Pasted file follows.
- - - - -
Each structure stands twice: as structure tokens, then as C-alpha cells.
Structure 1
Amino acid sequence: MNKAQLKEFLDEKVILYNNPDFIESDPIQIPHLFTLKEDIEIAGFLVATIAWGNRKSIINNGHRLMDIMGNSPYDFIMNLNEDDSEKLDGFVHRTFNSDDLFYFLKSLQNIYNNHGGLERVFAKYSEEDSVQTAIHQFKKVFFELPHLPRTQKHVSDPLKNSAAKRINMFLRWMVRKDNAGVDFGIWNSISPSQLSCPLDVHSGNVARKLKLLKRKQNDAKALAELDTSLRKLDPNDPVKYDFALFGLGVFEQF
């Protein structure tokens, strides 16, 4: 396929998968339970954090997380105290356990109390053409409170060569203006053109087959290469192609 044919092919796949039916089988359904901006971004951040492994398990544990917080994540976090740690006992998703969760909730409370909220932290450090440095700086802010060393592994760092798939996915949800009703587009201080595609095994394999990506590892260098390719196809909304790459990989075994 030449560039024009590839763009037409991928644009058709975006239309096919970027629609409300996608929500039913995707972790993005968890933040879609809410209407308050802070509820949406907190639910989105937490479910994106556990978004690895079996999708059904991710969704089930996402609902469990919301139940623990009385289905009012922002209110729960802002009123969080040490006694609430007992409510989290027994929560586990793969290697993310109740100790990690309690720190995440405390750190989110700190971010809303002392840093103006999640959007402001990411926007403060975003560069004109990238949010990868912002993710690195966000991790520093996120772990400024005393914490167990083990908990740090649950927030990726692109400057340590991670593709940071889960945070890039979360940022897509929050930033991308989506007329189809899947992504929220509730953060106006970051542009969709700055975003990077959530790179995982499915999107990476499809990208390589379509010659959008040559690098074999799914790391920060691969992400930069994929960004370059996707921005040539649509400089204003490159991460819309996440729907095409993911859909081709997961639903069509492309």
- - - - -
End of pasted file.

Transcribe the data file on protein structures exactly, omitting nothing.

Each structure stands twice: as structure tokens, then as C-alpha cells.
Structure 1
Amino acid sequence: MNKAQLKEFLDEKVILYNNPDFIESDPIQIPHLFTLKEDIEIAGFLVATIAWGNRKSIINNGHRLMDIMGNSPYDFIMNLNEDDSEKLDGFVHRTFNSDDLFYFLKSLQNIYNNHGGLERVFAKYSEEDSVQTAIHQFKKVFFELPHLPRTQKHVSDPLKNSAAKRINMFLRWMVRKDNAGVDFGIWNSISPSQLSCPLDVHSGNVARKLKLLKRKQNDAKALAELDTSLRKLDPNDPVKYDFALFGLGVFEQF
């Protein structure tokens, strides 16, 4: 396929998968339970954090997380105290356990109390053409409170060569203006053109087959290469192609 044919092919796949039916089988359904901006971004951040492994398990544990917080994540976090740690006992998703969760909730409370909220932290450090440095700086802010060393592994760092798939996915949800009703587009201080595609095994394999990506590892260098390719196809909304790459990989075994 030449560039024009590839763009037409991928644009058709975006239309096919970027629609409300996608929500039913995707972790993005968890933040879609809410209407308050802070509820949406907190639910989105937490479910994106556990978004690895079996999708059904991710969704089930996402609902469990919301139940623990009385289905009012922002209110729960802002009123969080040490006694609430007992409510989290027994929560586990793969290697993310109740100790990690309690720190995440405390750190989110700190971010809303002392840093103006999640959007402001990411926007403060975003560069004109990238949010990868912002993710690195966000991790520093996120772990400024005393914490167990083990908990740090649950927030990726692109400057340590991670593709940071889960945070890039979360940022897509929050930033991308989506007329189809899947992504929220509730953060106006970051542009969709700055975003990077959530790179995982499915999107990476499809990208390589379509010659959008040559690098074999799914790391920060691969992400930069994929960004370059996707921005040539649509400089204003490159991460819309996440729907095409993911859909081709997961639903069509492309």